L.A. City Councilman Tom LaBonge said Monday that he would ask his colleagues this week to consider the earthquake risks posed by the city's more than 1,000 old concrete buildings.
LaBonge's call for further study follows a Times report on concrete buildings that were built before 1976. By the most conservative estimate, as many as 50 of the more than 1,000 old concrete buildings in the city would collapse in a major earthquake, exposing thousands to injury or death.
"Certainly, the study should be looked at," LaBonge said. "I want to learn more and take the right steps."
Councilman Mitch Englander also said he planned on pushing the issue of seismic building safety forward. Englander, who was the chief of staff to former Councilman Greig Smith when he tried to revive the concrete issue, said that finding a way to help property owners pay for building updates was key.
"We have to come up with a program that provides some kind of incentive, some type of credit given back to owners for this kind of investment," said Englander, who said he plans to meet with property owner groups and other stakeholders.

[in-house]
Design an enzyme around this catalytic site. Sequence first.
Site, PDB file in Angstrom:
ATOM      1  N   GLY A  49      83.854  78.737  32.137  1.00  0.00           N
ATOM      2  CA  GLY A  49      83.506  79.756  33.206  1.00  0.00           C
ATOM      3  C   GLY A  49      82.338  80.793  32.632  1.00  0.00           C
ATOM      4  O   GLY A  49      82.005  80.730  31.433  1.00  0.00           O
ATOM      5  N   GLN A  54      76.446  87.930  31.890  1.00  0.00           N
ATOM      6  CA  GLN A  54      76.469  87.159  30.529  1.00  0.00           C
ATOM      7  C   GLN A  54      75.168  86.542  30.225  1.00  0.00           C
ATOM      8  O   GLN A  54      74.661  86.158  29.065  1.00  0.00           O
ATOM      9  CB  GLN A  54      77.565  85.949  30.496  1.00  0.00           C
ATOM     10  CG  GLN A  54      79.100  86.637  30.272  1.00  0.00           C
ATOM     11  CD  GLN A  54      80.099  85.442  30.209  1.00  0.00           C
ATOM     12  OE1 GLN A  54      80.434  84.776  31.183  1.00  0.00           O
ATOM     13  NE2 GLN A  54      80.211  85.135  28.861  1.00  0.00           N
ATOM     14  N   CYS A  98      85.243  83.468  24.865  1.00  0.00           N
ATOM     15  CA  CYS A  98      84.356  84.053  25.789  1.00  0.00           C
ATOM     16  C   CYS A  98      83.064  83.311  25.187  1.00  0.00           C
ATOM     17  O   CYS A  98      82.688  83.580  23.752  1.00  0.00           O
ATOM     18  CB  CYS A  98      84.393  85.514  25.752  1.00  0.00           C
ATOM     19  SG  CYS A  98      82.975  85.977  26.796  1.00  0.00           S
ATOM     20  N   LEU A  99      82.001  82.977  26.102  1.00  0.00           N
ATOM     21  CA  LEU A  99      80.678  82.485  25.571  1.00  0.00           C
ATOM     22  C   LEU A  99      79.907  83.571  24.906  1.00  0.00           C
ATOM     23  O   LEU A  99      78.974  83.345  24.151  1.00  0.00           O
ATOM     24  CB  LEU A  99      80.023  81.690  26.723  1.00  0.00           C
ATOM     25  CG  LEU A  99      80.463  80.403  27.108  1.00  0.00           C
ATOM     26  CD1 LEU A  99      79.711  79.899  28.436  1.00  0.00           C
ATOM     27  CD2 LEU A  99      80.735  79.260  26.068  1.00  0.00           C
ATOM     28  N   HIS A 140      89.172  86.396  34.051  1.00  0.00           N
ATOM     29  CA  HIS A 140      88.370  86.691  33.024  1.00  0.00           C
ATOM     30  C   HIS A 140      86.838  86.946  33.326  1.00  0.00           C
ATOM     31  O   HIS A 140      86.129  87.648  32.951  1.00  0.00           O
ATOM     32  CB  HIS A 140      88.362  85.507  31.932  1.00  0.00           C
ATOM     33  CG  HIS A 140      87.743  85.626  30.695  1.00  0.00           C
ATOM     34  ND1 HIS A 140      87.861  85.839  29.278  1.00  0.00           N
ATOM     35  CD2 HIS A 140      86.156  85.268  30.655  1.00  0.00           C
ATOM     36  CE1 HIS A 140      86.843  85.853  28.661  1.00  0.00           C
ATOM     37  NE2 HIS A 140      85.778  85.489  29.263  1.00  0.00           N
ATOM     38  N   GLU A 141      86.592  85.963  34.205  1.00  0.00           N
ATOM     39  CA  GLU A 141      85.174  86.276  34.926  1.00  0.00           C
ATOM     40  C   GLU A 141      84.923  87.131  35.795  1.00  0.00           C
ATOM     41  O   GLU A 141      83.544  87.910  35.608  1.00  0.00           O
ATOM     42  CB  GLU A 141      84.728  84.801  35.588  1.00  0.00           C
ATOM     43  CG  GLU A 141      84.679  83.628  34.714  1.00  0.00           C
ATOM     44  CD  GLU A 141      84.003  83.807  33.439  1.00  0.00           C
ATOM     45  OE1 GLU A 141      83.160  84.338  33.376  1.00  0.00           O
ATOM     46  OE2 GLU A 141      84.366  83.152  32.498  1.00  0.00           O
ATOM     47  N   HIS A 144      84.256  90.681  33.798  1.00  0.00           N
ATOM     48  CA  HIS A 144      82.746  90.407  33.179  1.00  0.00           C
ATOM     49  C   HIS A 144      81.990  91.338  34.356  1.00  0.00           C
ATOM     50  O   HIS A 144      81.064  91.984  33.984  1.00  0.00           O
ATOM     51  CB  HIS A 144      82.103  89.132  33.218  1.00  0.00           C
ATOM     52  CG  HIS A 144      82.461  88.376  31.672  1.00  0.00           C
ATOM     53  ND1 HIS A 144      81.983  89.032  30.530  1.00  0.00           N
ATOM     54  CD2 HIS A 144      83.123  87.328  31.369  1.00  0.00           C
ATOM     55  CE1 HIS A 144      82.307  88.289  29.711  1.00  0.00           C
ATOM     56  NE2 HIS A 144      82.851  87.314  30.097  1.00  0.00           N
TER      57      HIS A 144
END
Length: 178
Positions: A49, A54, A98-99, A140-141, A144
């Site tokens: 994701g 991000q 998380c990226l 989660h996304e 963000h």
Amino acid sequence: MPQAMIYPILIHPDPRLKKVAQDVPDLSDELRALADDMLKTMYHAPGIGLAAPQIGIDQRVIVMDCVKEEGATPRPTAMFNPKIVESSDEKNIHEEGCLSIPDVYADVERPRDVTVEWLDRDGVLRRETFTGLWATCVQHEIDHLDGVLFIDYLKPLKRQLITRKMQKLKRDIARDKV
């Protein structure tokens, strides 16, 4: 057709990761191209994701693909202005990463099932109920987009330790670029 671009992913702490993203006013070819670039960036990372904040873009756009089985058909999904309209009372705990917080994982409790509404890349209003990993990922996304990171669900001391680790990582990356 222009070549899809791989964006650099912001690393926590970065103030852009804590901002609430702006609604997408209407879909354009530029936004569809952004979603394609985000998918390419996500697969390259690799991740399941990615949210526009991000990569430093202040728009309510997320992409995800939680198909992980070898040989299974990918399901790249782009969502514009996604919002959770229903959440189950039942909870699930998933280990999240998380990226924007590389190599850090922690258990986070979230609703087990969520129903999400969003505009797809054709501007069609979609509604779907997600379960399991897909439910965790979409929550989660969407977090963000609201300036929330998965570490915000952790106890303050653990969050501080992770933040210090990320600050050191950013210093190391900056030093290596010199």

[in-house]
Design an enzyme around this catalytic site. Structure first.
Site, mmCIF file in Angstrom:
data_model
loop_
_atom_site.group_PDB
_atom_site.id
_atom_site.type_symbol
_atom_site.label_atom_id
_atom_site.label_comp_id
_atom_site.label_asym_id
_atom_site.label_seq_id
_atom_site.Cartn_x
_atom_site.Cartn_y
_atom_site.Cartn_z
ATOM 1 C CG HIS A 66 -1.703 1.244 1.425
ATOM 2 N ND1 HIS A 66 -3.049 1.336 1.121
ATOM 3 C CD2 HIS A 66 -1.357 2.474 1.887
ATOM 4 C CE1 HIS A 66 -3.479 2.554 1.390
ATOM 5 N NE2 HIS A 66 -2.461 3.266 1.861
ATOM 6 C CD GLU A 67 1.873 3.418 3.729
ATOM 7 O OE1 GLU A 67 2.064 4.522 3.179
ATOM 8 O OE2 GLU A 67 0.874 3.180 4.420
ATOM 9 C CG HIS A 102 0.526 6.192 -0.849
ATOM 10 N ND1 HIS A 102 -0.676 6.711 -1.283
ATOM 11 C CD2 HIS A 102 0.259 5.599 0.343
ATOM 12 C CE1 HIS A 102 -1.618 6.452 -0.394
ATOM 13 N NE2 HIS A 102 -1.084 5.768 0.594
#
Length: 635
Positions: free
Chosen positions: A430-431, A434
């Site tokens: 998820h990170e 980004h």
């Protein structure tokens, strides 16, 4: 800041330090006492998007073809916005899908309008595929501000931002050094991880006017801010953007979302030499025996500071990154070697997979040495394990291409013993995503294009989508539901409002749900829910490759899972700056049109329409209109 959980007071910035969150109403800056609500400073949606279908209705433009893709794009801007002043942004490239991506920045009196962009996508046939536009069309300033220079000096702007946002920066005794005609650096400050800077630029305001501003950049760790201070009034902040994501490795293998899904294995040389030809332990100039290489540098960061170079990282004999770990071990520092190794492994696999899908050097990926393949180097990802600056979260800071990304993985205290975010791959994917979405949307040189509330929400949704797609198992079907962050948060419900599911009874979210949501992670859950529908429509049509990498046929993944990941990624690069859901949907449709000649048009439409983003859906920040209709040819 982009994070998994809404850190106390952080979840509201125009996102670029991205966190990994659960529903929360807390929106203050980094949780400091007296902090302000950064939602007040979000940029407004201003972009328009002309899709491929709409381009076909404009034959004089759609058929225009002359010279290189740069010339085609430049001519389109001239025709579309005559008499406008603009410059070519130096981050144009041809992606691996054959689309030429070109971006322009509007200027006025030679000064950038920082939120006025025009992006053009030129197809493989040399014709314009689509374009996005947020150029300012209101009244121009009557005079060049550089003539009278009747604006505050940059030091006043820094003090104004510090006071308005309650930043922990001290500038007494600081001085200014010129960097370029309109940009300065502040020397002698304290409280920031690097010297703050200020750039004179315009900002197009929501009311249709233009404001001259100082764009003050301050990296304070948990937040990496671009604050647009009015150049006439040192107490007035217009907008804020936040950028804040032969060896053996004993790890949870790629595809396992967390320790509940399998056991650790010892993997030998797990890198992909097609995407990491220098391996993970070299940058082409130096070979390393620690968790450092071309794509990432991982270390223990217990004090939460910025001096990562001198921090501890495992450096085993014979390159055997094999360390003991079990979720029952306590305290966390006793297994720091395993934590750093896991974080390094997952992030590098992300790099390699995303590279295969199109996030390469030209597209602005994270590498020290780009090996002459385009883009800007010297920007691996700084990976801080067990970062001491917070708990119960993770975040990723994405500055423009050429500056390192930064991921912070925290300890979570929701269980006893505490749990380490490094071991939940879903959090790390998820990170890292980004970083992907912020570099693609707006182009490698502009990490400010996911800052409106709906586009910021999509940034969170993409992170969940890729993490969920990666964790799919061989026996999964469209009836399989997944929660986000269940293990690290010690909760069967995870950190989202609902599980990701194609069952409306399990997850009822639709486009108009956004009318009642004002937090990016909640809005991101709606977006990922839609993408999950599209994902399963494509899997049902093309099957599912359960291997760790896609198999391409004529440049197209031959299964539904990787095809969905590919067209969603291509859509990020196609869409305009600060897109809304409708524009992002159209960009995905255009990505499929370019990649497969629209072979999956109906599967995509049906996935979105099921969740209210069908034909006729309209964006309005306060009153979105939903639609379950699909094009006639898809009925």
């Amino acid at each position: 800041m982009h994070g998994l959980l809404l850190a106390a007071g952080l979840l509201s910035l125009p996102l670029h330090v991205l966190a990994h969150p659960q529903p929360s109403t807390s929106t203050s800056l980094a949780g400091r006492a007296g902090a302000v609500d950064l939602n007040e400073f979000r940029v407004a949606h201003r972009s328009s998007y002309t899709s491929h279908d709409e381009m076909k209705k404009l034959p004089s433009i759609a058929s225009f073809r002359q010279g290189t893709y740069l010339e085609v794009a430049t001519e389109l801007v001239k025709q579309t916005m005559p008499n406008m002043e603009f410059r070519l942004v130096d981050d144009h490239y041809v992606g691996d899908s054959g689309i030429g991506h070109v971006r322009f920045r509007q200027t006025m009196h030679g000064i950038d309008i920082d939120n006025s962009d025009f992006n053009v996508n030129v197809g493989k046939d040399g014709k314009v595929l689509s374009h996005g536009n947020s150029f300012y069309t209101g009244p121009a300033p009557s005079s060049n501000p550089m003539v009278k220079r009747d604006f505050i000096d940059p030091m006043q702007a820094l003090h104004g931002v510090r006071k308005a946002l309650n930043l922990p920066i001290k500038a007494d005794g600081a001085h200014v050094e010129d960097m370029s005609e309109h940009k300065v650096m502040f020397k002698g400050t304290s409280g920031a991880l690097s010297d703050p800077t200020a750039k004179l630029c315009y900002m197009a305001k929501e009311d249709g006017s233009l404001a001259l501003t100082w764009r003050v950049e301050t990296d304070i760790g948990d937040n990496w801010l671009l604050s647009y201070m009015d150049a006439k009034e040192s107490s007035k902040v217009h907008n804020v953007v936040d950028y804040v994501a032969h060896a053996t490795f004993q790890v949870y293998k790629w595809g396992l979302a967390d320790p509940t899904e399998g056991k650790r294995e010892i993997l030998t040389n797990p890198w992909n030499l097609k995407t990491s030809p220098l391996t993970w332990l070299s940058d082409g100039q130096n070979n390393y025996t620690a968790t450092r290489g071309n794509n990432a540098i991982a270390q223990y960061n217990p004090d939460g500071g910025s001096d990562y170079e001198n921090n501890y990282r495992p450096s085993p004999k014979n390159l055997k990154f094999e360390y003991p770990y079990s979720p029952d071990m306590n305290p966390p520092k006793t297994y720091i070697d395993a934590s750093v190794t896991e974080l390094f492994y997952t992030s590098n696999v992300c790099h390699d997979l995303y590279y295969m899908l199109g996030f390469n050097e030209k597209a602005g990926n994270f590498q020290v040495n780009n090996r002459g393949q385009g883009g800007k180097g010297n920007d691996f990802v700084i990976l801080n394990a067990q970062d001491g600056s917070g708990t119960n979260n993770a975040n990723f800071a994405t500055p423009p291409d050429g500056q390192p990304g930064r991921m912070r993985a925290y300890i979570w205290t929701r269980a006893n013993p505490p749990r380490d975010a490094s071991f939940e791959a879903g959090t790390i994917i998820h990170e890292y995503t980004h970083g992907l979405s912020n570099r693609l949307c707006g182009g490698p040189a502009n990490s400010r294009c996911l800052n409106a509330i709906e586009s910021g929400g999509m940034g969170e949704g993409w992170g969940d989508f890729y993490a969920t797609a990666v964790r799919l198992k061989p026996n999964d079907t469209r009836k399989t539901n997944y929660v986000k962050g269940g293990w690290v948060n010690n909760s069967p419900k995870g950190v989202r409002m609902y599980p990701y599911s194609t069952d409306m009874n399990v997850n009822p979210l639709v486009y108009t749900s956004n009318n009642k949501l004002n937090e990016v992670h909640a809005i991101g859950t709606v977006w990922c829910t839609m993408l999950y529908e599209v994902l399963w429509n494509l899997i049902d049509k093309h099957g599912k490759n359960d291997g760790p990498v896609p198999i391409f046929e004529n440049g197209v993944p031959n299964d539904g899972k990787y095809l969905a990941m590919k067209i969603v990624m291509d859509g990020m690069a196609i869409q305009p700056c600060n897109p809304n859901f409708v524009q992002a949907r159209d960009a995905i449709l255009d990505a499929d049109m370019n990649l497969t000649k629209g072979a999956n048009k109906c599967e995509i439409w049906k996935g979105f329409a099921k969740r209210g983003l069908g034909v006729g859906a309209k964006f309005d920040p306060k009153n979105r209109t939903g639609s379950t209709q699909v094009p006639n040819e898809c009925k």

"I'm going to continue to be a tireless advocate for public safety, particularly as it pertains to buildings," he said. "There's no dollar amount you can put on the cost of life."
Concrete buildings may look strong, but many older concrete buildings are vulnerable to the sideways movement of a major earthquake because they don't have enough steel reinforcement to hold columns in place.
Los Angeles officials have known about the dangers for more than 40 years but have failed to force owners to make their properties safer. The city has even rejected calls to make a list of concrete buildings.
LaBonge, who earlier this year introduced a motion to look into making a list of the city's vulnerable wood-framed soft-story buildings, said preparation for the next big earthquake was crucial. There are cost concerns to figure out, he said, but it's important to understand the risks.
"All I know is this: We're going to have another earthquake," he said. "We must prepare, and we must understand the situation and make sure we're not at fault for not preparing."Copyright © 2015, The Baltimore Sun